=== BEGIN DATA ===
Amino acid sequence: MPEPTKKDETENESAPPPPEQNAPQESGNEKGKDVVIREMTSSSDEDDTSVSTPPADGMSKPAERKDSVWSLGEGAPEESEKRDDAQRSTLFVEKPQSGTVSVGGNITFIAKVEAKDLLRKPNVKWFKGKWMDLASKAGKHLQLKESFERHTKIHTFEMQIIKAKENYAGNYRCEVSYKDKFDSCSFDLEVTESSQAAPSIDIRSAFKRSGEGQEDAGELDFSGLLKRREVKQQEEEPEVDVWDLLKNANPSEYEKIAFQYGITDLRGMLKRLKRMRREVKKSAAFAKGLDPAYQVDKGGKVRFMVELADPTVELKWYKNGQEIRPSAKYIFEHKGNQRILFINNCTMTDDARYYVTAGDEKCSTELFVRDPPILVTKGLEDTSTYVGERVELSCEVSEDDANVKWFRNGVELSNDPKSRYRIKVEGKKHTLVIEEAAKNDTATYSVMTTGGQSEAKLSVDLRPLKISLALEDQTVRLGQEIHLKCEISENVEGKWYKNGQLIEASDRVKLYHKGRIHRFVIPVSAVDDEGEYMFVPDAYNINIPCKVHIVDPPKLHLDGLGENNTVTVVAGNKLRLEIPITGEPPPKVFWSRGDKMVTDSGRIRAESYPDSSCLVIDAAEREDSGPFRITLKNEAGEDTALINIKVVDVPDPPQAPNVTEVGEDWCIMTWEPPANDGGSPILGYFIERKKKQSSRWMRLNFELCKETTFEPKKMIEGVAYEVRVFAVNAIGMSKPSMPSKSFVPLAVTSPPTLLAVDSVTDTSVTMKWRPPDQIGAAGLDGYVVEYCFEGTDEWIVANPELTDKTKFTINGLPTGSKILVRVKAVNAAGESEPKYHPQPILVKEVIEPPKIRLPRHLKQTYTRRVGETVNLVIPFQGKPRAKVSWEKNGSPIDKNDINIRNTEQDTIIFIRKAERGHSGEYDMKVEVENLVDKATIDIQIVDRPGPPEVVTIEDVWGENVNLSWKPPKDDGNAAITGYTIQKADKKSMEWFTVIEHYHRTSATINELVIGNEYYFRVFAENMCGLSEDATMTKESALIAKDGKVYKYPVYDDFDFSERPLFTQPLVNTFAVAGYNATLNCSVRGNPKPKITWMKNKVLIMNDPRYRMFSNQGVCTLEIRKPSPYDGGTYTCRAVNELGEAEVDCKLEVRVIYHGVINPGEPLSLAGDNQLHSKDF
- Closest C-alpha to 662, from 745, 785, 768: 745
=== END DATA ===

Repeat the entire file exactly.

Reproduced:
Amino acid sequence: MPEPTKKDETENESAPPPPEQNAPQESGNEKGKDVVIREMTSSSDEDDTSVSTPPADGMSKPAERKDSVWSLGEGAPEESEKRDDAQRSTLFVEKPQSGTVSVGGNITFIAKVEAKDLLRKPNVKWFKGKWMDLASKAGKHLQLKESFERHTKIHTFEMQIIKAKENYAGNYRCEVSYKDKFDSCSFDLEVTESSQAAPSIDIRSAFKRSGEGQEDAGELDFSGLLKRREVKQQEEEPEVDVWDLLKNANPSEYEKIAFQYGITDLRGMLKRLKRMRREVKKSAAFAKGLDPAYQVDKGGKVRFMVELADPTVELKWYKNGQEIRPSAKYIFEHKGNQRILFINNCTMTDDARYYVTAGDEKCSTELFVRDPPILVTKGLEDTSTYVGERVELSCEVSEDDANVKWFRNGVELSNDPKSRYRIKVEGKKHTLVIEEAAKNDTATYSVMTTGGQSEAKLSVDLRPLKISLALEDQTVRLGQEIHLKCEISENVEGKWYKNGQLIEASDRVKLYHKGRIHRFVIPVSAVDDEGEYMFVPDAYNINIPCKVHIVDPPKLHLDGLGENNTVTVVAGNKLRLEIPITGEPPPKVFWSRGDKMVTDSGRIRAESYPDSSCLVIDAAEREDSGPFRITLKNEAGEDTALINIKVVDVPDPPQAPNVTEVGEDWCIMTWEPPANDGGSPILGYFIERKKKQSSRWMRLNFELCKETTFEPKKMIEGVAYEVRVFAVNAIGMSKPSMPSKSFVPLAVTSPPTLLAVDSVTDTSVTMKWRPPDQIGAAGLDGYVVEYCFEGTDEWIVANPELTDKTKFTINGLPTGSKILVRVKAVNAAGESEPKYHPQPILVKEVIEPPKIRLPRHLKQTYTRRVGETVNLVIPFQGKPRAKVSWEKNGSPIDKNDINIRNTEQDTIIFIRKAERGHSGEYDMKVEVENLVDKATIDIQIVDRPGPPEVVTIEDVWGENVNLSWKPPKDDGNAAITGYTIQKADKKSMEWFTVIEHYHRTSATINELVIGNEYYFRVFAENMCGLSEDATMTKESALIAKDGKVYKYPVYDDFDFSERPLFTQPLVNTFAVAGYNATLNCSVRGNPKPKITWMKNKVLIMNDPRYRMFSNQGVCTLEIRKPSPYDGGTYTCRAVNELGEAEVDCKLEVRVIYHGVINPGEPLSLAGDNQLHSKDF
- Closest C-alpha to 662, from 745, 785, 768: 745